Stepping up in price is the rugged Fluke 79 DMM at the left of the front row. It also measures Volts and Ohms like the previous ones mentioned, but current to 10 A. However, you don't have to spend this kind of money to have something appropriate for rewiring a motorcycle.

Finally, a Wavetek LCR55 (also sold as Amprobe LCR55) that measures resistance, inductance and capacitance, but not voltage. This wouldn't be my first recommendation, but its most sensitive scale allows reading resistances down to 0.01 Ohms which can be very useful. Also, its inductance scale is equally useful when timing a magneto or an ET ignition system because the inductance changes by ~10x when the points open whereas the resistance changes by only ~1/2 Ohm.

Also shown in this photo are a selection of probes for these meters. Often it is useful to have a pointed probe at one end and an alligator clip or other type of "grabbing" tip at the other. Some probes provide both in the form of alligator tips that can be unscrewed to reveal sharp probes.

A more specialized instrument that isn't essential, but that can be very useful when wiring, is a clamp-on ammeter with a DC scale as shown in the next photograph. Inexpensive versions of these only work on AC which isn't useful for us.



On the 40 Amp scale the final digit displays 0.01 Amps, i.e. 10 milliamps. Ammeters more sensitive than this are part of some of the DMMs shown above, but all of them require breaking into the wire to insert the meter in series.

If you want to check if a certain component such as a Zener diode is allowing current to flow when it shouldn't, or if a switch is malfunctioning and not turning 'off', simply clamp this around the wire leading to/from the component. If a current just under its level of detection is flowing (9 mA) it would take 40 days to drain a typical motorcycle battery (~9 Amp-hr) so using it is a very quick way to check for issues large enough to be a significant problem. Also, leads can be attached to use it as a 3-1/2 digit voltmeter and ohmmeter as well so it is a (more expensive) alternative to a standard DMM.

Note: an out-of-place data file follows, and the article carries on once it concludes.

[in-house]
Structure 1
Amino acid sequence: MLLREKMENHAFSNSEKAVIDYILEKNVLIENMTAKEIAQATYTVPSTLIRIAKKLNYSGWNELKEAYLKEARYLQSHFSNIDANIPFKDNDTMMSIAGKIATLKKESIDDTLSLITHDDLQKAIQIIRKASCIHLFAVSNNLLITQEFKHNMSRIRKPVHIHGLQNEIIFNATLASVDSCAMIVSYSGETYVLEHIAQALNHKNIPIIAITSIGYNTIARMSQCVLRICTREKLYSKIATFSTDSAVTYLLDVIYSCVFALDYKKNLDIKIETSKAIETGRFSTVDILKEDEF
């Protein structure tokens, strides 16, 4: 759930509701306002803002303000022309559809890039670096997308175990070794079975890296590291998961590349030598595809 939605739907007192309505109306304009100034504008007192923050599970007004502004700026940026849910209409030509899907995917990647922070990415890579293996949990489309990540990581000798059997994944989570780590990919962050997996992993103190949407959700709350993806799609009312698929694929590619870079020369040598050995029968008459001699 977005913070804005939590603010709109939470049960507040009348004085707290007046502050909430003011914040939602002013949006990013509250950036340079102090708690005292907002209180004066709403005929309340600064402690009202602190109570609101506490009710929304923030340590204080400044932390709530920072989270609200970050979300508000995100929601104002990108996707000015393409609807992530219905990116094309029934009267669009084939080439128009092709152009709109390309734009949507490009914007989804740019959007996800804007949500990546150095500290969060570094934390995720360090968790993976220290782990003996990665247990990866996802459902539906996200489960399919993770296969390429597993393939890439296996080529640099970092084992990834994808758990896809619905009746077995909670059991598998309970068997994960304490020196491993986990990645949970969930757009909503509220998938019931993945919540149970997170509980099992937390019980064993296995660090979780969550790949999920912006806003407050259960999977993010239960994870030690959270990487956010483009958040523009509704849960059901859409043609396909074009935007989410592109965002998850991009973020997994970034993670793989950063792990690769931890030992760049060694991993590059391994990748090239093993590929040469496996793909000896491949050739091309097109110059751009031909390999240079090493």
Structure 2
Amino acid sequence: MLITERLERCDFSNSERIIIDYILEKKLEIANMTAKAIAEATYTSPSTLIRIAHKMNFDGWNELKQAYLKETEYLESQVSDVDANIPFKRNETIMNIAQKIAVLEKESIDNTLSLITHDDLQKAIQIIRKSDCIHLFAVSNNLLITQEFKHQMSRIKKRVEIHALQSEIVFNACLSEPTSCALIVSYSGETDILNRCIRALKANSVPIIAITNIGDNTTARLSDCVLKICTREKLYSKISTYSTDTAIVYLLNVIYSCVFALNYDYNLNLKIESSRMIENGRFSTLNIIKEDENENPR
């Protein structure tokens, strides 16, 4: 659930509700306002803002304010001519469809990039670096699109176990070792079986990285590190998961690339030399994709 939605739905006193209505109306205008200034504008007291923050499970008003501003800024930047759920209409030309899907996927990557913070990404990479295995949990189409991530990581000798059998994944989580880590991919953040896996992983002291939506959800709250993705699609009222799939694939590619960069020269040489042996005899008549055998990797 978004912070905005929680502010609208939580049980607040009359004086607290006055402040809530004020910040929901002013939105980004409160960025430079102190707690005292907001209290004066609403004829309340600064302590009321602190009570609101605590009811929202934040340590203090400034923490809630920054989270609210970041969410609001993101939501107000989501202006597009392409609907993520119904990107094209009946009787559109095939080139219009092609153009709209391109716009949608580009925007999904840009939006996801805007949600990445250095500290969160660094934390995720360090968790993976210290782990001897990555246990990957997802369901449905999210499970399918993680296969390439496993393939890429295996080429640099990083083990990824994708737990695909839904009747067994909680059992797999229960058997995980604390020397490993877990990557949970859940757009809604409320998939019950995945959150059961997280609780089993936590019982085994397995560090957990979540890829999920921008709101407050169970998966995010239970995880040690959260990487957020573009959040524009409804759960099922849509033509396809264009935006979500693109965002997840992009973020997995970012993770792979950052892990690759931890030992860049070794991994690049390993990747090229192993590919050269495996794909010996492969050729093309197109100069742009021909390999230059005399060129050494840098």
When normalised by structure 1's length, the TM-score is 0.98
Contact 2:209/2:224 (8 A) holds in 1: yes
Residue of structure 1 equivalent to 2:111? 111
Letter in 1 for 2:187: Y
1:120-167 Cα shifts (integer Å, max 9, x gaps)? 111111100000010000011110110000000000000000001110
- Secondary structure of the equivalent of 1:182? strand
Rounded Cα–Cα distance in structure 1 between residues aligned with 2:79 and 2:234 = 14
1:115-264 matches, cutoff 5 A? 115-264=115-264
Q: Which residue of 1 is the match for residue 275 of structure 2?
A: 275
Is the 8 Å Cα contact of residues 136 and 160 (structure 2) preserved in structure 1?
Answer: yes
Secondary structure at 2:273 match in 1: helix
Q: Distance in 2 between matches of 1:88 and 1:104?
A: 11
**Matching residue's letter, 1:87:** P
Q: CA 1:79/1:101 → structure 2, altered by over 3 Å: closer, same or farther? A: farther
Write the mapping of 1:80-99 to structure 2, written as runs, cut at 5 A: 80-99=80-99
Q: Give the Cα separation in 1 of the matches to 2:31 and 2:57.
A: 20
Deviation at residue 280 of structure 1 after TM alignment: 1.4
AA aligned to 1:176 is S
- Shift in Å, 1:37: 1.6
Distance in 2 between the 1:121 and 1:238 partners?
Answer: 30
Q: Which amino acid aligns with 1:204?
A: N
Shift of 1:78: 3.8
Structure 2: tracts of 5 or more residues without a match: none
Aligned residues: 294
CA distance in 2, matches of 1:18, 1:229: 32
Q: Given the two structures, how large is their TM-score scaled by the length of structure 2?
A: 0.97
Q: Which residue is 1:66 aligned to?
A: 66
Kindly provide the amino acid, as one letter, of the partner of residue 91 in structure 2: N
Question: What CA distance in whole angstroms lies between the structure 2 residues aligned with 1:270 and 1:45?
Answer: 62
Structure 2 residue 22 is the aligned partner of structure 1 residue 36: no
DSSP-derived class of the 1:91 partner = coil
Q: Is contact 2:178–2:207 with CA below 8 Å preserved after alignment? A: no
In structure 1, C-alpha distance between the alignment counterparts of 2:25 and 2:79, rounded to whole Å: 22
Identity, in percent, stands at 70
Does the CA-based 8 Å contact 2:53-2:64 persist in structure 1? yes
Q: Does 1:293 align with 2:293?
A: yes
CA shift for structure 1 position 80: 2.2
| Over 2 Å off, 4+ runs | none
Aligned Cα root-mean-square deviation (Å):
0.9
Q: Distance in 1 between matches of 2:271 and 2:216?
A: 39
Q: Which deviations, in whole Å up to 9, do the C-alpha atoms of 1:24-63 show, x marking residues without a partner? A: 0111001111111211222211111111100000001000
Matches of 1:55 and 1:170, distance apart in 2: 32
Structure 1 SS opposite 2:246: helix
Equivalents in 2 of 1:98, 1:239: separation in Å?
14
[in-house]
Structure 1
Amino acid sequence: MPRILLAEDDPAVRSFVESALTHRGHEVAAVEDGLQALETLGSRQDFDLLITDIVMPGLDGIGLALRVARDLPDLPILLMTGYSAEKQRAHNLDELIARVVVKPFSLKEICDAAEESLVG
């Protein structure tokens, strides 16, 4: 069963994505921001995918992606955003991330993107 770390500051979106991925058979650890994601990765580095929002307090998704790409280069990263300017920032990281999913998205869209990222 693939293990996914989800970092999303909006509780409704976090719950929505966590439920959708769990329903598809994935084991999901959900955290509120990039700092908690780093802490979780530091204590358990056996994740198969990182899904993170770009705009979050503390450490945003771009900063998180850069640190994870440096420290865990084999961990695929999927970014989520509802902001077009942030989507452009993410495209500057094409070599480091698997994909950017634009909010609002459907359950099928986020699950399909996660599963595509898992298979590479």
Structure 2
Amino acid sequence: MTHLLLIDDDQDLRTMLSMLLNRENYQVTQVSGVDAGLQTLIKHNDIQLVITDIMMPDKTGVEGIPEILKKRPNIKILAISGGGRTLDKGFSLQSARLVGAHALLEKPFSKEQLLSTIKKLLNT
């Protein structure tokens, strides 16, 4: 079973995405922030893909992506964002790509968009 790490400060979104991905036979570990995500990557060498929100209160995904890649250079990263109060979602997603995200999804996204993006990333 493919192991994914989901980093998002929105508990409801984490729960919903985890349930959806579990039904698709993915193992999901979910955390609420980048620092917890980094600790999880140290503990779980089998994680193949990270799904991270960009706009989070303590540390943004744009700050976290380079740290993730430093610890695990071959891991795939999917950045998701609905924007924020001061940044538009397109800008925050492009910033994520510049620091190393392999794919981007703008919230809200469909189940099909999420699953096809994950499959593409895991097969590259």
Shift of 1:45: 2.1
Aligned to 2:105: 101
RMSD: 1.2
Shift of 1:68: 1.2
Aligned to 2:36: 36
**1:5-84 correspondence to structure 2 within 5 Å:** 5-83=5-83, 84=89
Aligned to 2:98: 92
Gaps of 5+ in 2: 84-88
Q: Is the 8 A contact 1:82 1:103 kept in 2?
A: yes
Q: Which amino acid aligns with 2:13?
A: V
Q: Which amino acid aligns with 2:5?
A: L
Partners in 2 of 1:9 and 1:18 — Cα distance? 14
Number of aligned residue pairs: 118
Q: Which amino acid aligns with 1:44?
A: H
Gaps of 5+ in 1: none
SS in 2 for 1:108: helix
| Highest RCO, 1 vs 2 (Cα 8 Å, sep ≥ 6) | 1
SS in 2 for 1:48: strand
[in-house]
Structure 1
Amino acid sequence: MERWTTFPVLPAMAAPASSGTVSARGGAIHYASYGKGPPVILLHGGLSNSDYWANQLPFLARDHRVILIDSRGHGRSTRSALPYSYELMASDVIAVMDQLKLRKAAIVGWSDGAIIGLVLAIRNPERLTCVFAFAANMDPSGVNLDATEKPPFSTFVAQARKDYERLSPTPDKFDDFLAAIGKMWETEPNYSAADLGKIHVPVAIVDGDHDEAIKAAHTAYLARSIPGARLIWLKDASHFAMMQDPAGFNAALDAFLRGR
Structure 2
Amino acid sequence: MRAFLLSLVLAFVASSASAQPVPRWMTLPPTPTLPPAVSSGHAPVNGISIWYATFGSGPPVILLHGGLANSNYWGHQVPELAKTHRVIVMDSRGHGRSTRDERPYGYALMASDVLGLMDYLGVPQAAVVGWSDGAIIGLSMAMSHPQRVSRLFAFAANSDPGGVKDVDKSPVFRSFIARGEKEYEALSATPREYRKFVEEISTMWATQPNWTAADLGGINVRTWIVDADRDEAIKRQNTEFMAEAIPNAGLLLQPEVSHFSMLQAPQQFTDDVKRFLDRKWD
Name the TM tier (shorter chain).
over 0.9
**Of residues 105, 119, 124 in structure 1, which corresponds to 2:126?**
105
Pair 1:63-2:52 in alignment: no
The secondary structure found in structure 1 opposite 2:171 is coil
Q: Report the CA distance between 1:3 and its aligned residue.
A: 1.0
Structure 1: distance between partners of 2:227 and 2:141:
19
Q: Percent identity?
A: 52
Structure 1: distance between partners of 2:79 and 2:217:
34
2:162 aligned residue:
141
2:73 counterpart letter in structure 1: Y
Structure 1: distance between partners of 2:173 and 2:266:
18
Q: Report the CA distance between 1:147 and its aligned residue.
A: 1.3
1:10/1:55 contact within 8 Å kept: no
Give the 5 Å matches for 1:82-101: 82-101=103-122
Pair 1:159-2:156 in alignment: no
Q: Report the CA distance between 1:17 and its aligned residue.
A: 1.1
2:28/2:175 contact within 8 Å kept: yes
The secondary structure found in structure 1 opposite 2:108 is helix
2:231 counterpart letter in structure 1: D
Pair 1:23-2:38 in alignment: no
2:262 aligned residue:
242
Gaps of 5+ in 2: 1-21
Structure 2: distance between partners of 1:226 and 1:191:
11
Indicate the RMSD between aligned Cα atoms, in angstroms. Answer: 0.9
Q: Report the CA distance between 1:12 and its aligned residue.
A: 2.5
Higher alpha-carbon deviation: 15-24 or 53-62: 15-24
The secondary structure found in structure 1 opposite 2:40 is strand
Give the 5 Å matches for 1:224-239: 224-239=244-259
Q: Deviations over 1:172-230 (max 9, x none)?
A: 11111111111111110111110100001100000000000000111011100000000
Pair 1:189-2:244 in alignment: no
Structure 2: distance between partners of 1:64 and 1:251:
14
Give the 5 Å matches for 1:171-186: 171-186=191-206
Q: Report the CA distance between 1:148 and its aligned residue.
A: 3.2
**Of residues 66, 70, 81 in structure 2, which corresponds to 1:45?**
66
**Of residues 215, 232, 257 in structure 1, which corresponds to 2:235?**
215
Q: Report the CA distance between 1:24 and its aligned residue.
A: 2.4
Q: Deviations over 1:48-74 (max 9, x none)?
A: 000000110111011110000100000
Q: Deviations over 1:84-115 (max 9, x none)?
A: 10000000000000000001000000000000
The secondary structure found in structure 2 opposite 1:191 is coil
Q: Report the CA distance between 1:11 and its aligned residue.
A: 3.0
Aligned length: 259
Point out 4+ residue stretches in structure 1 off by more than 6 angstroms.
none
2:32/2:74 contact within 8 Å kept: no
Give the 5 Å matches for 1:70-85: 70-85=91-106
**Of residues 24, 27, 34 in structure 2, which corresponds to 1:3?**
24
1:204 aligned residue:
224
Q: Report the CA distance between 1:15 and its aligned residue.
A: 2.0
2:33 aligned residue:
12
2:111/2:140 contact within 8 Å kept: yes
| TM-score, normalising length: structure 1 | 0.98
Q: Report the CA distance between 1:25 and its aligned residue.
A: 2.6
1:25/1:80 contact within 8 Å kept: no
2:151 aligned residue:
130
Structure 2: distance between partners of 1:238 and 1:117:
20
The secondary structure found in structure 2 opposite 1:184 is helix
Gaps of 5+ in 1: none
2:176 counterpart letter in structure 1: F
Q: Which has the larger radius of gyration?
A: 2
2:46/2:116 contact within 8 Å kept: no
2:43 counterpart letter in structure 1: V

[to be continued]

#646242 - 03/29/16 1:21 am Re: Rewiring a Motorcycle [Re: Magnetoman]  
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bigt


Tom D. 1967 T120R Bonneville
Anyone know of a place that sells Loctite
by the quart?
#647147 - 04/04/16 1:14 pm Re: Rewiring a Motorcycle [Re: Tom D. 67 Bonny]  
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Note: Yesterday I added new content on Lucas bullet connectors to an earlier post. Unlike most threads that proceed in chronological order I will be organizing at least the earlier sections of this one according to content to make finding material much easier. This means earlier posts might change significantly. It's too much trouble to point out specific additions/changes so the only way to know is to skim through the earlier posts. As an example of changes, at some point I'll probably delete this 'note'.